The Markets in Crypto-Assets (MiCA) regulation is a comprehensive regulatory framework instituted by the European Union (EU).
At its core, MiCA creates common rules and licensing requirements for crypto-asset service providers operating across the EU. Any company offering services like custody, trading, advisory, etc. must register with national regulators and meet organizational, operational, and business conduct standards. These include measures to protect client assets, prevent conflicts of interest, and ensure market transparency.
Overall, MiCA provides long-awaited regulatory clarity about which activities require licensing, how crypto can be marketed and sold to the public, and more uniform protections for users across Europe. While decentralized finance and non-fungible tokens are not yet covered, the regulation represents a milestone for crypto oversight globally.
MiCA creates regulations for three main categories of crypto-assets that use distributed ledger technology:
To operate legally under MiCA, both crypto-asset service providers (CASPs) and crypto-asset issuers face extensive regulations and licensing requirements.
For CASPs, offering services like exchanges, wallets, custody and trading advice, MiCA demands compliance across three key areas:
For crypto-asset issuers, key obligations relate to launch compliance:
On top of transparency requirements, issuers of asset-referenced tokens (ARTs) and e-money tokens (EMTs) must implement stabilization mechanisms and reserves to maintain a steady value. Redemption rights also apply for certain fiat-backed EMTs. Failures can lead to hefty fines.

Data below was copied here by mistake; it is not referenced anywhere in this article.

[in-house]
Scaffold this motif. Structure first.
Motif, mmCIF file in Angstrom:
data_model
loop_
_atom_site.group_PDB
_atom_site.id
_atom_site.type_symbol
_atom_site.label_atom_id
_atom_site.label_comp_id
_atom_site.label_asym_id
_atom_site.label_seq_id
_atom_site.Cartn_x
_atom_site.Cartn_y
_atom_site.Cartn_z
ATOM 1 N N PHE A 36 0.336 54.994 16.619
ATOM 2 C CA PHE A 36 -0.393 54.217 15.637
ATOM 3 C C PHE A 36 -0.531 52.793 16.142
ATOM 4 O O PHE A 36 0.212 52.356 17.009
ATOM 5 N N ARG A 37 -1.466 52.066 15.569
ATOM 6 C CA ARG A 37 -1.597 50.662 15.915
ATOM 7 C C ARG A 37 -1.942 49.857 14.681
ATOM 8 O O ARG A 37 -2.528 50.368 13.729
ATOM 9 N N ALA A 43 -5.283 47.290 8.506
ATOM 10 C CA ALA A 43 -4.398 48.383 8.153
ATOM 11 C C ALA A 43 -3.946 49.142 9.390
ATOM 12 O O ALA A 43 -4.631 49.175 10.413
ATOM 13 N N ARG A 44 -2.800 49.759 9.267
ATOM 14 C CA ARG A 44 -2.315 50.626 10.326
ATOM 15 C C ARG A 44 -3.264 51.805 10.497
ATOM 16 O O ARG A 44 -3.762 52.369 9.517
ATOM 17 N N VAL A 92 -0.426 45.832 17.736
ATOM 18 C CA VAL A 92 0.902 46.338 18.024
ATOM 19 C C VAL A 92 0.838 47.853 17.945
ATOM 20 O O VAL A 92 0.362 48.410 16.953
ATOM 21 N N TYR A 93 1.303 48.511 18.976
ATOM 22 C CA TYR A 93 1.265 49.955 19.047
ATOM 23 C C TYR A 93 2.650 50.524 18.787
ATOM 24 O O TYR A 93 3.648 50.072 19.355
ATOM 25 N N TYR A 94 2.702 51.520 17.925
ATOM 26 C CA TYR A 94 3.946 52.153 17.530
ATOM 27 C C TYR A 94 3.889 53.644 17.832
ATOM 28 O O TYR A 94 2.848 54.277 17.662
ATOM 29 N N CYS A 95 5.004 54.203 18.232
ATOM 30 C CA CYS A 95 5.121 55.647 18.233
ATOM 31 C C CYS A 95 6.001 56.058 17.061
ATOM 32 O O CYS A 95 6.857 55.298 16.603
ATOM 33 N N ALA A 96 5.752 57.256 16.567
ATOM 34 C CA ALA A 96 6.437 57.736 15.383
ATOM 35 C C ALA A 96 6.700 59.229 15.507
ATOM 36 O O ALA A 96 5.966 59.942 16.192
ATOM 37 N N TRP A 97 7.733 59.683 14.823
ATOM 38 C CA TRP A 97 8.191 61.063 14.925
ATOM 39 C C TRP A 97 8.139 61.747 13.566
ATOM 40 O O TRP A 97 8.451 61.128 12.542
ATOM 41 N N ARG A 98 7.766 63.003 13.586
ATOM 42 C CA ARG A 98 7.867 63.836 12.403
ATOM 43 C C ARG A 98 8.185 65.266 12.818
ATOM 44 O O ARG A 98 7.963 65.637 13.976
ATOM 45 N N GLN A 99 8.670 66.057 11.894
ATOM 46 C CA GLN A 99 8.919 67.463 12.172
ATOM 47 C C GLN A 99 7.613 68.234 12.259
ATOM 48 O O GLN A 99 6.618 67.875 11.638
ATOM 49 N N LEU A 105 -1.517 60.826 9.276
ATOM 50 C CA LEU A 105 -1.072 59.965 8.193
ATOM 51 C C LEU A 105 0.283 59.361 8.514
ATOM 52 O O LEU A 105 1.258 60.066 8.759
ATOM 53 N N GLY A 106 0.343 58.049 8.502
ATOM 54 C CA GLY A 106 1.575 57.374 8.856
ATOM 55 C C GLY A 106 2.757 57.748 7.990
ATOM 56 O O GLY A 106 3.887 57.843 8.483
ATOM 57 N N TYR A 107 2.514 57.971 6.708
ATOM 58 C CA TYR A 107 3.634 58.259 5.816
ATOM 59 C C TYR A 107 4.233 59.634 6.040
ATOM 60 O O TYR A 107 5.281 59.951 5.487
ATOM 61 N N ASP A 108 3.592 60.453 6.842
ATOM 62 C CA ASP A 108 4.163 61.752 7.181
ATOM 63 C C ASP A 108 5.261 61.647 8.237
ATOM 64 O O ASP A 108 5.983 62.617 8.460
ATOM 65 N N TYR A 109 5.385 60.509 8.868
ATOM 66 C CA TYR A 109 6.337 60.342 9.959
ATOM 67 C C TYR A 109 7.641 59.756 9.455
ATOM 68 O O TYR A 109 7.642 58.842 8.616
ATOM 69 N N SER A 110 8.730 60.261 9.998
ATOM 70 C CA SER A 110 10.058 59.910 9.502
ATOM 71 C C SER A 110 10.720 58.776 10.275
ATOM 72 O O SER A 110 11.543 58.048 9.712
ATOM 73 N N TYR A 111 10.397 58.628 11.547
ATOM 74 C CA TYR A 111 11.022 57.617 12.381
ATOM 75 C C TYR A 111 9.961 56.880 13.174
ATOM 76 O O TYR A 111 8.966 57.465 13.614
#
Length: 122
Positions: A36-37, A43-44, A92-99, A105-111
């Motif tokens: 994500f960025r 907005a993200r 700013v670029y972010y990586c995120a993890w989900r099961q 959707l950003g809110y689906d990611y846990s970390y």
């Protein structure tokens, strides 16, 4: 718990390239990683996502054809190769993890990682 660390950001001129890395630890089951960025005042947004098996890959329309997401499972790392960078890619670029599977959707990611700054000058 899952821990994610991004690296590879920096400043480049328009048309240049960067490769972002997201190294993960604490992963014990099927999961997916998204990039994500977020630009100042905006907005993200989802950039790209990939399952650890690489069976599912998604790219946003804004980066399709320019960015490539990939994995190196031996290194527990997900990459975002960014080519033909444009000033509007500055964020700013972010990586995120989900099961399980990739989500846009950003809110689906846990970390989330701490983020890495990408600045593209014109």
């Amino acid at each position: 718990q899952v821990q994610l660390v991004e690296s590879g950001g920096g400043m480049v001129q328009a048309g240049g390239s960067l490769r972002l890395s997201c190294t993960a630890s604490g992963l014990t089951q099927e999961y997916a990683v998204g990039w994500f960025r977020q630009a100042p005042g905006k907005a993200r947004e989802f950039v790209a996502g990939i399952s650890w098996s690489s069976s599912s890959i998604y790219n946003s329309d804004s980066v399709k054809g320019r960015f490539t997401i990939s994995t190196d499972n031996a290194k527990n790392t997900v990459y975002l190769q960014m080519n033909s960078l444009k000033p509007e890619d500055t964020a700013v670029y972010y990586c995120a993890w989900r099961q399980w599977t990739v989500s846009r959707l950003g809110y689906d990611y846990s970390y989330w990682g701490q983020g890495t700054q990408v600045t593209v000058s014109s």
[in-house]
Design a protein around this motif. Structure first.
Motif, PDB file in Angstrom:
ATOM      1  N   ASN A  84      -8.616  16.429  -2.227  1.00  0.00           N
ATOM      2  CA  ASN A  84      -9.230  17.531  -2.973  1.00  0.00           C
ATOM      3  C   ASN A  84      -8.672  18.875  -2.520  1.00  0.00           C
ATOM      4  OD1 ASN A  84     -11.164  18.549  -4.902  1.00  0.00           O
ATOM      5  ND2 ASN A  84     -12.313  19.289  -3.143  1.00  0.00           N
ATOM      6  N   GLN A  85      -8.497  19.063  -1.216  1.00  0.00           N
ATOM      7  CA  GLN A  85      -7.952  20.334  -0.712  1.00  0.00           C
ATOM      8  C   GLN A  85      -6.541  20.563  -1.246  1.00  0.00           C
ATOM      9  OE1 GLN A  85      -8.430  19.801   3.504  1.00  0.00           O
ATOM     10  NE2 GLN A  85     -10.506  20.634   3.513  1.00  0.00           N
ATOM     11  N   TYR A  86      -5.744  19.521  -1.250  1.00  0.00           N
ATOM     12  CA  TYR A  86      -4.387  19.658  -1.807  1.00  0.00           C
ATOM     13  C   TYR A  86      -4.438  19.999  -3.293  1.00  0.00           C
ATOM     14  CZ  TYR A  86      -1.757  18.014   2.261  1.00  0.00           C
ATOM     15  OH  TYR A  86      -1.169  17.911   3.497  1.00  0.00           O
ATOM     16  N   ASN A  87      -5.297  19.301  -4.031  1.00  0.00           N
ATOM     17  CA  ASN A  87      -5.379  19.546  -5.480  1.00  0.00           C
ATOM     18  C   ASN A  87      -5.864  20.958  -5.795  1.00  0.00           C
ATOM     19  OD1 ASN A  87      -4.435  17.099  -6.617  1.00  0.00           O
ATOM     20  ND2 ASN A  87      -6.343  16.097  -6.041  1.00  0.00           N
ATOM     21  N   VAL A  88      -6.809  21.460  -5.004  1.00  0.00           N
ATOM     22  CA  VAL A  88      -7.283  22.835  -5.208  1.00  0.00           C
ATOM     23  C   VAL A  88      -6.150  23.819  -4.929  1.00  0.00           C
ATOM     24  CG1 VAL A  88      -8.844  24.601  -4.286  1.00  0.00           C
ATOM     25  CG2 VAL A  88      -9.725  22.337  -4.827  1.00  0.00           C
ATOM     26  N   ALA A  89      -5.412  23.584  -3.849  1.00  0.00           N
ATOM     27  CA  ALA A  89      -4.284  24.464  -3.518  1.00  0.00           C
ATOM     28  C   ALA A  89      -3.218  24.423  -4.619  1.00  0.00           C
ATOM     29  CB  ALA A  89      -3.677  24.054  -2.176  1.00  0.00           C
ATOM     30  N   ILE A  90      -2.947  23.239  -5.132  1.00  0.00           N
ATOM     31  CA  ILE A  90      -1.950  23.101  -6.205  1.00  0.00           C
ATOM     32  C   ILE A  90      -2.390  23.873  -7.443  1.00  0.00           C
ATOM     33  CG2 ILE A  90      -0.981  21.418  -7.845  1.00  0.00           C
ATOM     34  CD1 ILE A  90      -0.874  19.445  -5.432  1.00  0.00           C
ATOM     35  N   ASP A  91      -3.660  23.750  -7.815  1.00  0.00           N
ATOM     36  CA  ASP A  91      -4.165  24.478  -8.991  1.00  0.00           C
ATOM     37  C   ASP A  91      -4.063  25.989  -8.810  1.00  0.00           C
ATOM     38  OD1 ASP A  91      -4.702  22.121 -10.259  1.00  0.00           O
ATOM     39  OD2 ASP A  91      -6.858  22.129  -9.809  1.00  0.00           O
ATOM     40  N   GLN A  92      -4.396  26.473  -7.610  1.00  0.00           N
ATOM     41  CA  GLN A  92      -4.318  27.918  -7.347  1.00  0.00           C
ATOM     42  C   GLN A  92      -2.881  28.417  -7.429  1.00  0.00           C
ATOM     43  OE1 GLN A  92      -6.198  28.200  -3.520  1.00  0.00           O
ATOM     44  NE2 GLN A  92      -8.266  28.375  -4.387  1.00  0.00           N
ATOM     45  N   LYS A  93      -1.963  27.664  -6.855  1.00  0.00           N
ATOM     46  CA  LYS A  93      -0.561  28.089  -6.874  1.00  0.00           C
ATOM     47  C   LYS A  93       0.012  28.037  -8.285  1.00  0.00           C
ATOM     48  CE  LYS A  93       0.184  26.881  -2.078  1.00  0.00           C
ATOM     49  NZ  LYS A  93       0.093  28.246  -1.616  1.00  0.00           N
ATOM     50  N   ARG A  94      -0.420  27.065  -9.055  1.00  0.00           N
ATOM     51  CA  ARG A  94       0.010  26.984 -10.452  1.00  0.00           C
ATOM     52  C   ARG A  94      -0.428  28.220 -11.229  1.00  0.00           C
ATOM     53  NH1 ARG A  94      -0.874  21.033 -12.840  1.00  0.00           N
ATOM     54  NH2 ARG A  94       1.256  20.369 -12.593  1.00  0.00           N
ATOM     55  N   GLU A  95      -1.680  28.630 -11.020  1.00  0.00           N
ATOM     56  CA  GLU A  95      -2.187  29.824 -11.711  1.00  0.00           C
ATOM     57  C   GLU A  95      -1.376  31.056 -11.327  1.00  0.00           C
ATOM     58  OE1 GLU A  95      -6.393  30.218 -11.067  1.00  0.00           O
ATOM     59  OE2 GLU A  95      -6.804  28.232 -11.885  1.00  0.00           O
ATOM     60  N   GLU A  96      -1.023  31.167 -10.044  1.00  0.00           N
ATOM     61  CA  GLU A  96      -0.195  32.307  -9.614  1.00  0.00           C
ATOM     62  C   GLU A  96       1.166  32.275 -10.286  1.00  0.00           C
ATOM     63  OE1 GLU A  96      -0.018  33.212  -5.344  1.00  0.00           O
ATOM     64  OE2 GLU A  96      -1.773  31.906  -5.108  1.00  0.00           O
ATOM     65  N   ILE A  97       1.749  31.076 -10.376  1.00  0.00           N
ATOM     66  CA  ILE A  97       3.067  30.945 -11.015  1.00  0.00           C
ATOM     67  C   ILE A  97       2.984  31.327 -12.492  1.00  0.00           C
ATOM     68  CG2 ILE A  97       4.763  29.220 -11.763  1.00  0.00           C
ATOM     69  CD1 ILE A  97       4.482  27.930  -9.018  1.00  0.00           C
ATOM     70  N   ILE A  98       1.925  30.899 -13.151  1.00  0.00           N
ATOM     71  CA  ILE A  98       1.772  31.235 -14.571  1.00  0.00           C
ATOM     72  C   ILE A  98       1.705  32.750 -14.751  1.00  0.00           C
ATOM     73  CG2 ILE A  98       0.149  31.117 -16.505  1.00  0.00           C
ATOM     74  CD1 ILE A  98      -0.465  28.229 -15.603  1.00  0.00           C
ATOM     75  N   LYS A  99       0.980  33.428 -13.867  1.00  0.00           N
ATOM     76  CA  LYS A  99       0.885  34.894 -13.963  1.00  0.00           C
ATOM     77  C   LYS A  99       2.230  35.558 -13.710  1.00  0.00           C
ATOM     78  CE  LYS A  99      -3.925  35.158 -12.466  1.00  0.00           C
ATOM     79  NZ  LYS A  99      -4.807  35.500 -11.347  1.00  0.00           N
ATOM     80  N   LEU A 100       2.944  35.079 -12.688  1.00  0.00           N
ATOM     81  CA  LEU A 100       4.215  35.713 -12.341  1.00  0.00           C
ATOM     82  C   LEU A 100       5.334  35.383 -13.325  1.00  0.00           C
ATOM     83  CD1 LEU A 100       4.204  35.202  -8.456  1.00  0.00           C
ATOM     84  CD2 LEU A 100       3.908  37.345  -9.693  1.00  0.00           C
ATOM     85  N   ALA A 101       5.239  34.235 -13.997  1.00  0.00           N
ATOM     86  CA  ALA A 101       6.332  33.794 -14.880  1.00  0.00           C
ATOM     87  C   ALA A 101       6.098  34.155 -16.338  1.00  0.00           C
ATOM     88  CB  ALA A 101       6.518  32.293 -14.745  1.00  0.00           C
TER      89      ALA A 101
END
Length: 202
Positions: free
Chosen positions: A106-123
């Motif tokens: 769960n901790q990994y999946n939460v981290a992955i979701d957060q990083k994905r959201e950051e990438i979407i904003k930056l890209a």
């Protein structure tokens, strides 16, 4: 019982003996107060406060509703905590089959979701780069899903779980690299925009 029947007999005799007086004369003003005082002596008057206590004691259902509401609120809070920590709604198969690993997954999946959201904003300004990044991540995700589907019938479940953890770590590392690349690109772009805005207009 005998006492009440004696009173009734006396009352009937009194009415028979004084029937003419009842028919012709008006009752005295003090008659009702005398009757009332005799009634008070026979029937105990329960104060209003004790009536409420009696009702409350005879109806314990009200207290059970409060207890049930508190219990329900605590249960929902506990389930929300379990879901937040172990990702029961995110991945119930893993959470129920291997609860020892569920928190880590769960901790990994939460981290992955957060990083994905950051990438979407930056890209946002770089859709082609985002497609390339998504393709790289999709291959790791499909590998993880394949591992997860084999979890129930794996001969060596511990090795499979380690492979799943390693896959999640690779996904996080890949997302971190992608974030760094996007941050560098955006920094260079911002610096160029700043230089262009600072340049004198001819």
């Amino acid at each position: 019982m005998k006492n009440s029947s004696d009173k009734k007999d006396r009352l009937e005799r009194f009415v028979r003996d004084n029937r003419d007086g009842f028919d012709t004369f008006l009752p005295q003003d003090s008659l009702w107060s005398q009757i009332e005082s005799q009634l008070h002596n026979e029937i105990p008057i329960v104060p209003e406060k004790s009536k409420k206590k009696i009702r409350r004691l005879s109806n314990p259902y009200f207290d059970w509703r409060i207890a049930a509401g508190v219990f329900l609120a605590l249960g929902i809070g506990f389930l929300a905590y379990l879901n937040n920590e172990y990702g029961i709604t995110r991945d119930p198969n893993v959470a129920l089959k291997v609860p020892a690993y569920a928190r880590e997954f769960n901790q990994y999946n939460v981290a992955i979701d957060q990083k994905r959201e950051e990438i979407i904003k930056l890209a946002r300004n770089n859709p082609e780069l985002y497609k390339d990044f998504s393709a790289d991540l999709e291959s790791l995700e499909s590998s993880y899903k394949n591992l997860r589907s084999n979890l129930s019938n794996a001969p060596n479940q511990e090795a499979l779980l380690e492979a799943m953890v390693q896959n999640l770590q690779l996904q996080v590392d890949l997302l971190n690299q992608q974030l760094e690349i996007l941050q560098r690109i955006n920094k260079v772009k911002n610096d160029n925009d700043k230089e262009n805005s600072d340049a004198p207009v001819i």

Taken together, these obligations aim to balance innovation with appropriate oversight across crypto-asset value chains. By ensuring service quality, financial stability and investor protection, MiCA seeks to unlock the European crypto market's growth potential.
As asset-backed cryptocurrencies designed to minimize volatility, stablecoins deemed asset-referenced tokens (ARTs) or electronic money tokens (EMTs) face heightened regulations under MiCA. Rules aim to ensure stability mechanisms work as advertised.
All stablecoin issuers must implement provisions to maintain a reliable peg to underlying assets like fiat currencies or commodities. These stabilization arrangements could involve collateralization, currency reserves, or algorithms to balance supply and demand.
Issuers also need to uphold minimum liquidity thresholds. Asset pools must enable timely settlement of redemptions, with requirements tiered based on transaction volumes. For instance, fiat-backed tokens with over €5 million daily transactions should hold low-risk assets covering at least 100% of liabilities.
Governance standards are equally strict - issuers must appoint independent board members with crypto risk and stabilization expertise. Plus real-time monitoring should track reserve levels, program operations, and exploits.
On top of transparency, governance and reporting duties shared by other crypto-assets, these provisions create accountability around stablecoin management. Strict authorization procedures also apply for EMTs before public distribution.
By ensuring adequate stabilization and sufficient liquidity, MiCA aims to prevent stablecoin collapses - securing wider financial stability. The collapse of TerraUSD highlighted the urgency of regulation. So stablecoins face the highest bar.
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